During Operation’s Desert Shield and Desert Storm, I was a platoon sergeant in a well-known infantry division. I will attempt to explain here based upon my own unique experiences during those operations if Bowe Bergdahl’s chain of command could have or should have removed him from his platoon.

We had been alerted that we would be deployed in support of Operation Desert Shield. During the period that we were drawing equipment, getting our shots, and getting our paperwork in order to deploy, I received a newbie (replacement) in my platoon.  The newbie was recently graduated from the infantry school and had only been in the military for three or four months.

As I introduced myself and welcomed the newbie to my platoon he suddenly needed to speak to me. He told me that he had made a mistake joining the military and that he did not want to deploy overseas with the unit. Recognizing that the individual that I was speaking to was a human piece of excrement, I informed him that I did not want him to deploy overseas with my platoon. I wanted my platoon focused on the mission and not be distracted by this individual.

I immediately spoke to the unit First Sergeant who is the senior enlisted man in the unit. He told me to go speak with the battalion Command Sergeant Major, who is the senior enlisted man in the battalion. I informed the Sergeant Major of the situation and he told me that I would not take this individual overseas and that the individual would be discharged from the military.  In a short period of time and before we deployed overseas, this individual was out of the military.

I had another experience regarding one of my platoon members in Desert Shield. As Operation Desert Shield was ending and we prepared for Operation Desert Storm, we learned we would be in the initial assaults.  A member of my platoon decided to pull the race card and declared to his Squad Leader that "I ain’t fighting, no white man’s war." This individual had performed very well during our 5-months of Desert Shield.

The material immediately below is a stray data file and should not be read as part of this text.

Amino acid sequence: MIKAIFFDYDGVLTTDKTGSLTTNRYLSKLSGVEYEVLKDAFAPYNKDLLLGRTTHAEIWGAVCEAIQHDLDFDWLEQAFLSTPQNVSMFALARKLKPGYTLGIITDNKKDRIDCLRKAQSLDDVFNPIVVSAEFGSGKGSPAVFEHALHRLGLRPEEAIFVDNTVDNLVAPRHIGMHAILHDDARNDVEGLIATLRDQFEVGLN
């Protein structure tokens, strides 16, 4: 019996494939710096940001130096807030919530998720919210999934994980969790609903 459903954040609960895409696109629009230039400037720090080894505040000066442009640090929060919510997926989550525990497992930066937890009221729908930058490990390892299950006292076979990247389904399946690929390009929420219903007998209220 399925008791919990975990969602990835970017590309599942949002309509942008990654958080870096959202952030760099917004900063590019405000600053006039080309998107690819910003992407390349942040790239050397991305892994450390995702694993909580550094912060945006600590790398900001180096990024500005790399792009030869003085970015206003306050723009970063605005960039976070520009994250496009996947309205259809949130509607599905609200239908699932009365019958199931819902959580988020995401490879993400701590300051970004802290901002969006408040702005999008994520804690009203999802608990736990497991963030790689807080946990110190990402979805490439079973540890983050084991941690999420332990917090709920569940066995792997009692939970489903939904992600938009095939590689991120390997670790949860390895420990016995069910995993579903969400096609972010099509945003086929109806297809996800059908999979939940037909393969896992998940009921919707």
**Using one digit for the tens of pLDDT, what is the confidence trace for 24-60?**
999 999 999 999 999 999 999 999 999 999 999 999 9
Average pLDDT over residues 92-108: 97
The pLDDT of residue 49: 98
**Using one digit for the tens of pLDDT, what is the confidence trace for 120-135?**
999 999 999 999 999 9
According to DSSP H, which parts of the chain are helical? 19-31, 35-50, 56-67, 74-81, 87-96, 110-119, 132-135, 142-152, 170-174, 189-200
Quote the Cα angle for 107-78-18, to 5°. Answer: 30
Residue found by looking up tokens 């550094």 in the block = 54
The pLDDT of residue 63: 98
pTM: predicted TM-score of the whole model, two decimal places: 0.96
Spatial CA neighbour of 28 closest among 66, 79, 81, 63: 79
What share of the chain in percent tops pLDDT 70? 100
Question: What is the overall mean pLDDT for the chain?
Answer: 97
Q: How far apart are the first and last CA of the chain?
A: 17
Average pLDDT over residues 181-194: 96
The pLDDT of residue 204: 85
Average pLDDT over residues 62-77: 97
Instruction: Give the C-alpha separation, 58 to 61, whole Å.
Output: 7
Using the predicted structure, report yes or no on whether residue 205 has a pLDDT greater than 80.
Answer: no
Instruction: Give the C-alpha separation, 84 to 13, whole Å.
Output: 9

The platoon member, who is black, made this comment to his black Squad Leader. The Squad Leader briefly discussed with me eliminating this individual from the planet once we made contact with the enemy, but we quickly dismissed this idea because we were concerned that his actions, or lack thereof, upon enemy contact would result in the death or maiming of another platoon member.  This troublesome individual was now considered a traitor to the platoon and treated as such.

I again went to the First Sergeant explaining the situation and we were able to leave this individual “in the rear with the gear.” He stayed at our Desert Shield base camp and guarded equipment and was discharged from the military upon return to the United States. I made sure that he did not receive any combat awards or honors that other platoon members had earned.

In both instances I was fortunate to have a chain of command that was supportive of my request to remove these individuals from my platoon.

Should Bergdahl have been removed from his platoon based upon his actions and conduct prior to his desertion? I don’t know since I wasn’t there, but I do know that any individual that I didn’t have confidence in I would have attempted to remove, sent to mental health for evaluation or I would have disarmed them.

To read about another United States military person defecting, read the case of Private White defecting to North Korea in August 1982.

Frank Underwood is the pen name of a former member of the United States military.